Hello Kittens! I hope you and yours are all doing well as we enter the 15th year of Quarantine. Just kidding! Things will be getting back to the new normal soon and I hope that if you, like me, are going to be forced back into the real world, that you can do so in as safe a manner as possible. For today, I have a murderous distraction of a book for you. If any of you read Adrian McKinty’s The Chain last year, then I think you will really like this story. There’s a murder, there’s a recording of the murder, there’s a creepy Irish setting, and plenty of suspects to keep you guessing. This one first hit my radar when it was reviewed over at Crime By The Book, which is any excellent blog for mystery/thriller/nordic noir fans. Enjoy and take care!
Author: Catherine Ryan Howard
Author website: https://catherineryanhoward.com/
Publisher: Black Stone Publishing
Publish date: September 3, 2019
It all begins with a gruesome murder. Picture it: a woman is sleeping in a dark room and suddenly a figure appears along the side, obviously intent on harm. But wait, you don’t have to picture it, because it is all on tape. Why is it on tape? Who is she? Why is she being murdered? All of these questions will be answered in good time, but two questions are going to chill your bones as you finish the first chapter: why does the killer destroy the camera and how did they know the camera was there?
In Rewind, the reader is going to meet Natalie, a social media influencer who appears to be living her best life. But looks can be deceiving, especially on the internet. In reality, strange things have been happening around Natalie, seemingly as a result of her fame. Her husband won’t take any of it seriously and questions her commitment to her job. Her best friend thinks her work is a hobby and that her life is a breeze.
We also meet Audrey. Audrey is a wannabe serious reported who is currently trudging her way through an assignment in the Entertainment department of an online magazine. Her soul crushing job everyday is to create short, pithy, click-baity stories regarding celebutantes. She is aching to be promoted to the hard news division, and with her living situation deteriorating and her finances draining fast, she could really use the extra money. When her boss tasks her with looking into the social media disappearance of a well-known star, she jumps at the chance.
We are also going to meet Andrew. Andrew runs a set of vacation cottages in a remote area. It’s the kind of place that doesn’t get cell reception and where wi-fi spots are limited. Andrew is a loner who local townspeople regularly gossip about and who fails to put his latest guest at ease. Andrew is a man with many secrets and we learn a good bit about his life in all of this.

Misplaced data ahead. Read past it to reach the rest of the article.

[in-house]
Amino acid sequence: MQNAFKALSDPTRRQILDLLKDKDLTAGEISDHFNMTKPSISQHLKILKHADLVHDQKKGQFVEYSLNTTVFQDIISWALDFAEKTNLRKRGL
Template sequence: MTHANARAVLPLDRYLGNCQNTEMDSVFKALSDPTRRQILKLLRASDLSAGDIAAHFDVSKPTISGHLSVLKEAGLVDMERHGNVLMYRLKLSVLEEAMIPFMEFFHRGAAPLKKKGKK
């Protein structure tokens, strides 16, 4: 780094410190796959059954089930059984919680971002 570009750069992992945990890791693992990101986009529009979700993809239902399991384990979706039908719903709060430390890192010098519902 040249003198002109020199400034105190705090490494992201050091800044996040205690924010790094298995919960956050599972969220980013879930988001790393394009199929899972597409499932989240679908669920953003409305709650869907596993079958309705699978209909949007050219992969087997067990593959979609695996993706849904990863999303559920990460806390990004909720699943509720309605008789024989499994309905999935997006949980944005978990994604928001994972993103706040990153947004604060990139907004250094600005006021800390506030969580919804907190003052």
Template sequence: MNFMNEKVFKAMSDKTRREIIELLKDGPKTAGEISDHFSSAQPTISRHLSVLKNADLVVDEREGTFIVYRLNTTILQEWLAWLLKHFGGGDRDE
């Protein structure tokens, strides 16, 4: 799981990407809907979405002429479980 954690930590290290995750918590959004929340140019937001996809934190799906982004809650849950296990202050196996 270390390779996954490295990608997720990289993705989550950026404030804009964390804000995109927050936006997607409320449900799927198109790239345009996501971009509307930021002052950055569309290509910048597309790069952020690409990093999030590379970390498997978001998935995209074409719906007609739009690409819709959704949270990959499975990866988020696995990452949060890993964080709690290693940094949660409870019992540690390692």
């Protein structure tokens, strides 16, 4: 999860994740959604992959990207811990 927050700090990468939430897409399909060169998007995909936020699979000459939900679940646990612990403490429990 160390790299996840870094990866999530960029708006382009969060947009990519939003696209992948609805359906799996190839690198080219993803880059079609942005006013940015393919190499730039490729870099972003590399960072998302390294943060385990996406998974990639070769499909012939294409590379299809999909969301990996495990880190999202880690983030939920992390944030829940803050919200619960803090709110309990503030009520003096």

Why I liked it:
A really compelling story. Fast-paced plotting. We start at the end of things and work our way back and forth in a way that makes it hard for the reader to piece everything together too quickly. I also loved the way the story ended with the structure of a published news article. I thought that was a particularly nice touch given how most of the story plays out.
***Spoiler alert: I will say this, I called a major twist really early on…like 4 chapters in early. That being said, I absolutely loved the story anyway.***
What I would like to change:
I actually didn’t love the structure of the story as much. It reveals itself as though it was a videotape, with chapter headings such as “Fast-Forward”, “Pause”, etc. I loved that we started with the murder, but the non-linear structure was hard for me to follow at times, and since it had non-traditional chapter titles, it was even harder. I think I would have liked all the “before” chapters grouped together and all of the “after” chapters grouped together just as much.
Disclaimer: No disclaimer needed. I borrowed this title digitally for free from my local library.
My library rating:
2 glasses of lemonade= a book that you could probably recommend to family and close friends. They may not like everything that’s in it, but they’re not going to start sending you cards with holy scripture written in them as messages to get you back on the path of righteousness after reading them either.
There are scenes involving child rape, pedophilia, sexual blackmail, gaslighting, and we get a fairly graphic description of a murder. That’s a lot in one book, but the majority of the scenes involving those first two take place off the page or using a fade-in technique.
My personal preference rating: I gave this one 5 stars. I was totally hooked on this one from the first chapter and basically flew through it in a day and a half (Goodreads will say it took me 5 days, but I was a little behind on my reading and didn’t really start until a few days later). I’ve already added Howard’s backlist to my TBR.
Notes: Billed as Pyscho meets Fatal Attraction. Unfortunately, I’ve never seen either movie so I can’t comment on the accuracy of that. 😦